Prescott backs PM – by comparing him to the captain of the 'Titanic'

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Indy Politics

An attempt by John Prescott to rally support for Gordon Brown backfired after he compared the Prime Minister to the captain of the Titanic.

The former deputy prime minister's gaffe came as Blairite dissidents signalled a temporary ceasefire in their attempts to remove Mr Brown from office.

The Prime Minister's enemies are to keep their powder dry until the end of the month, but one predicted that September was set to be a "dramatic political month".

But attempts on both sides to lower the temperature over Mr Brown's leadership took a farcical turn in a rare blog by Mr Prescott on the Labourhome website. Referring to a party member who he had talked to about "getting a new captain", he said: "I always find it interesting when people use maritime analogies when they talk about leadership. But it wasn't the captain that sank the Titanic – a ship they claimed was unsinkable – it was the iceberg. The best way to avoid disaster is to manage your way around the problem."

Mr Prescott added: "Speaking as someone who's served on a ship and in a leadership, the best person to steer us through is a captain with the experience to navigate through these stormy financial global seas."

Rebel MPs are now intending to keep their counsel until the end of August, when Mr Brown returns to his Downing Street desk. They yesterday said they had decided to "put the brakes" on any further moves for the moment and said suggestions that a "blitz" of policy suggestions from former ministers such as Stephen Byers, Alan Milburn and Charles Clarke over the next few weeks were wide of the mark.

One senior party figure said: "We all need a period of calm throughout August."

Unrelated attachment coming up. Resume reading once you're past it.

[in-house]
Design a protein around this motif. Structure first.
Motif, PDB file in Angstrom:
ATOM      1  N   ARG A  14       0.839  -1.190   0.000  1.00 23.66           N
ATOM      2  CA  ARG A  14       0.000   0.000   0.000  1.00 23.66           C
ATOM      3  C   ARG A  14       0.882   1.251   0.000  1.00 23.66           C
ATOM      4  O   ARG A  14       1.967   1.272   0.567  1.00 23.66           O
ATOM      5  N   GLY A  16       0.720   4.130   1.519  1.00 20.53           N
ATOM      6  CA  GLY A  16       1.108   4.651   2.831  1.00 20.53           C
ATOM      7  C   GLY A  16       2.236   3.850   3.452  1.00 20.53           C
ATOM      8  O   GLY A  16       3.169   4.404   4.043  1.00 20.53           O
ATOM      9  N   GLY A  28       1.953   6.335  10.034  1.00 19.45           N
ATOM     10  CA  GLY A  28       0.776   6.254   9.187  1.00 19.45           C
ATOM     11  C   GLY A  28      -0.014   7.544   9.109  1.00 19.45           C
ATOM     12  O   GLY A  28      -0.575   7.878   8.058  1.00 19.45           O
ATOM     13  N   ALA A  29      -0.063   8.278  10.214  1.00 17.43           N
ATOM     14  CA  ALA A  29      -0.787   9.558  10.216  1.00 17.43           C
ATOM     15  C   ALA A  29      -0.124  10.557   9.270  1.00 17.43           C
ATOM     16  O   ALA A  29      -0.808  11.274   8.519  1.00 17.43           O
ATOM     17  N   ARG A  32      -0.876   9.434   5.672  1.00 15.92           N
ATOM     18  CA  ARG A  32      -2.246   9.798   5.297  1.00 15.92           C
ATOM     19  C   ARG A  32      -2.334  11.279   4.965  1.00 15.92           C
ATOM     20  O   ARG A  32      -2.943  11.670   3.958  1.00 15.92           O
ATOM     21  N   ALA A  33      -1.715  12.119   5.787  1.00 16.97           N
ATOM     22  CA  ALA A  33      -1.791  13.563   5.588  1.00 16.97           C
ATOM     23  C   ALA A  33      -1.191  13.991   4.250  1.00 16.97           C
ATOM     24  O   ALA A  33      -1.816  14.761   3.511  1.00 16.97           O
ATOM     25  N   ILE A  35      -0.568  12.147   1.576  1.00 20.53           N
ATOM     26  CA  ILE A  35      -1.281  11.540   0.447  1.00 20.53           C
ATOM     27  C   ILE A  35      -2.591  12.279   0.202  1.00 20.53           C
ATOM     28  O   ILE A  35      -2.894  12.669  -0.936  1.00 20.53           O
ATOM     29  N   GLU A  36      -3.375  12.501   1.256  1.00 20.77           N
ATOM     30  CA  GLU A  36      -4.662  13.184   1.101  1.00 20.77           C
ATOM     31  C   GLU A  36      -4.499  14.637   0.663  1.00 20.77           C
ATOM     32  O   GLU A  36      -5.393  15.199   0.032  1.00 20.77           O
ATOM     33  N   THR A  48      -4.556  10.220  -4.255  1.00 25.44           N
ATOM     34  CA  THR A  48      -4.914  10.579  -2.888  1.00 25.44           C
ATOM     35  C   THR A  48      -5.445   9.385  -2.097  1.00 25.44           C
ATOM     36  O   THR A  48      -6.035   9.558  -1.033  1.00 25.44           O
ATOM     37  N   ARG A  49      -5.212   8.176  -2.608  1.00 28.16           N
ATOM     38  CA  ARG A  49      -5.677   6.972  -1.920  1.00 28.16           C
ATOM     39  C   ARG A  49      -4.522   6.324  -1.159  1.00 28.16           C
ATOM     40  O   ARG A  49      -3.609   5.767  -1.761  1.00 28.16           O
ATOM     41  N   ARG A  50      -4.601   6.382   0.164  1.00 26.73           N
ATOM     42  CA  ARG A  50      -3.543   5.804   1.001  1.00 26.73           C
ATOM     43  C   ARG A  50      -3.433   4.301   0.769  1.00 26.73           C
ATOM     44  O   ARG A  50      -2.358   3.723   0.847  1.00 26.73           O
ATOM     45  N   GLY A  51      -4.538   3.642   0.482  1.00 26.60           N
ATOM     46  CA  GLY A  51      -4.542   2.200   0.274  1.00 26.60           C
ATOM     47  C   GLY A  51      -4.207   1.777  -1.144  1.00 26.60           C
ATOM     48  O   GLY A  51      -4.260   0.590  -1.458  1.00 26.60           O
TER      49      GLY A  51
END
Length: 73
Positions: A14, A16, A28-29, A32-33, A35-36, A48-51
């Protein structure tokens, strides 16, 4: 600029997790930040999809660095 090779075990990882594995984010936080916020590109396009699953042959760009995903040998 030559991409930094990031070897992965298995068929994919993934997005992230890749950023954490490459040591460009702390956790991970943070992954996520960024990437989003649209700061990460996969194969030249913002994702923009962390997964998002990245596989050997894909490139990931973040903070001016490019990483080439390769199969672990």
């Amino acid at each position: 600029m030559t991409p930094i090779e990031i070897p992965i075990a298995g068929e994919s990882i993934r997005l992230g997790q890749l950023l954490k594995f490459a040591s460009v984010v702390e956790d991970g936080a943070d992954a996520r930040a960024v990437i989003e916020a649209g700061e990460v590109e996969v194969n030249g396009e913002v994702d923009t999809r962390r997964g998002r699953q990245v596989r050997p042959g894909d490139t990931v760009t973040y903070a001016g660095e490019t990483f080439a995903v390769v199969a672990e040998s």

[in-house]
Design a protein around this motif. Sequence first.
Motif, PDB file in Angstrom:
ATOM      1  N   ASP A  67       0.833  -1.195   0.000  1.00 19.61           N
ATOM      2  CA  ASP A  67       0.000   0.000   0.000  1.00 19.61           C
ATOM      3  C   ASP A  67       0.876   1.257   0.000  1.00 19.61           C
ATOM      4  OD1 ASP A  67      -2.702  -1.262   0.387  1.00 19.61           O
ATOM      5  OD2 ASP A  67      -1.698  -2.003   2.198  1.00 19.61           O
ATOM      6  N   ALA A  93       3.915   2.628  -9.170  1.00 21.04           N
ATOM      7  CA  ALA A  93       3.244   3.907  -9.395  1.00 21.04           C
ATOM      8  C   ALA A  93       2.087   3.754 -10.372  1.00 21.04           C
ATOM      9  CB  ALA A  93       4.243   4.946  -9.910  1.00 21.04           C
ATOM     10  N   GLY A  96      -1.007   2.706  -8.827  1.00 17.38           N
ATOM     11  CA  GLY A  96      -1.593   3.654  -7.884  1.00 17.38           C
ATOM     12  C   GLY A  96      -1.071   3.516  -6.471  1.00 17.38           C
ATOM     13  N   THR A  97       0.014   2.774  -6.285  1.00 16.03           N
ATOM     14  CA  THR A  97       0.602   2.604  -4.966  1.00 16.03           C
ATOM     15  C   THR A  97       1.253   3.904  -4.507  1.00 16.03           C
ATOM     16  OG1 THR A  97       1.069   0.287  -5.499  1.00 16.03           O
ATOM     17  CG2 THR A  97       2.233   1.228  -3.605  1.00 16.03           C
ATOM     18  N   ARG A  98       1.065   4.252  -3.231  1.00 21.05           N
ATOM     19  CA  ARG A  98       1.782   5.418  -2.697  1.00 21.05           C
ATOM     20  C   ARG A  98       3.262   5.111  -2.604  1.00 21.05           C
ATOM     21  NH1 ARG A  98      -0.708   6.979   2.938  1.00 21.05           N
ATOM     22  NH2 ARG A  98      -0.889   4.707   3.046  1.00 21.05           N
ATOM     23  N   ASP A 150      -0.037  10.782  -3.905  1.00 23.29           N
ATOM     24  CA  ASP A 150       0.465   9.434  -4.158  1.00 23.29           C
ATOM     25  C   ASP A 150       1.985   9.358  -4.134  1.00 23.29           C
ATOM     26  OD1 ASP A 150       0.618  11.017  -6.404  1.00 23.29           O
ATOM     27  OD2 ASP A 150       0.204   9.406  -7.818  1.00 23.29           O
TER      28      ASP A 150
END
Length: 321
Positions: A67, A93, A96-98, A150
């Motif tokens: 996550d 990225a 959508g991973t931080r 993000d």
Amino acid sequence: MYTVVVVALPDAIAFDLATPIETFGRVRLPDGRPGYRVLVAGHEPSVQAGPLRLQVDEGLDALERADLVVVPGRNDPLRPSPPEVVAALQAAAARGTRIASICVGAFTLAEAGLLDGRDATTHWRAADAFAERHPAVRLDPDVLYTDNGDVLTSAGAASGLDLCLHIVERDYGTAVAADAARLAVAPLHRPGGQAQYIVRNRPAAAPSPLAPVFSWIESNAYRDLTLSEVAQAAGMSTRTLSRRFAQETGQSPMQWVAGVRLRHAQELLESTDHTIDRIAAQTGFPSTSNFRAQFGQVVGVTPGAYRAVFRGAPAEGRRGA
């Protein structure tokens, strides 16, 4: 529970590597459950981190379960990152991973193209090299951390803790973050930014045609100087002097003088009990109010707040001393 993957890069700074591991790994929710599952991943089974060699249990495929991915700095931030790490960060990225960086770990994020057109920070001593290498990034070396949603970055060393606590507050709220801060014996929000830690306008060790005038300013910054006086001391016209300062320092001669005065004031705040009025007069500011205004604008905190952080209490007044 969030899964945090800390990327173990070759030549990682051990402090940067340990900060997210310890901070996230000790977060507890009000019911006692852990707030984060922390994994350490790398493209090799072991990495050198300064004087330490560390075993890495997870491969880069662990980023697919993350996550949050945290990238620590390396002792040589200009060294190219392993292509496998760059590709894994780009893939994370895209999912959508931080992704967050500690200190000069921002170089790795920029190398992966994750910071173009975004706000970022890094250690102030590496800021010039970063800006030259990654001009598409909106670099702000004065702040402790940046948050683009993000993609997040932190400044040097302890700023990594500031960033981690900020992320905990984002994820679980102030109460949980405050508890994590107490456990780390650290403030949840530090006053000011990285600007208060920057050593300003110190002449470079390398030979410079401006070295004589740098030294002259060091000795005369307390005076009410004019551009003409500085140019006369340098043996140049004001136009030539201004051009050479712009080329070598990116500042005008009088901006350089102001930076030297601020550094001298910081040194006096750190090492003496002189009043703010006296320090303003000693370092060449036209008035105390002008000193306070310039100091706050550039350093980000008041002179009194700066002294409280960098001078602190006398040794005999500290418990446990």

Blairites also attempted to play down a leaked memo said to have been written by the former prime minister lamenting his successor's flawed leadership.

They confirmed its authenticity, but stressed it was written last September after the Labour conference and did not reflect his view today. One theory in Westminster last night was that the memo could have been written by Lord Gould of Brookwood, Mr Blair's former pollster.

The first details of Mr Brown's fightback next month emerged as Downing Street announced he would hold his first cabinet meeting on 8 September.

He has chosen to travel out of London for the session with his top team – who are likely to have emerged from a cabinet reshuffle the week before – in the West Midlands.

Downing Street said the point of leaving Westminster to hold the meeting was to engage with the public. A spokesman said: "We feel it is consistent with the Government's approach that it wants to listen and learn from the experiences of people in this country."

Tackling "fuel poverty" is now top of the agenda for the Prime Minister, who is devoting some of his time on holiday in Suffolk to planning his fightback.

Alistair Darling has this week taken over from Harriet Harman as the minister in London who is responsible for "co-ordinating Government activity".

Pressed on whether the Prime Minister still had confidence in the Foreign Secretary David Miliband, whose article last week was seen as a brazen attempt to stake his claim for the leadership, the spokesman replied: "Er ... the ... yes."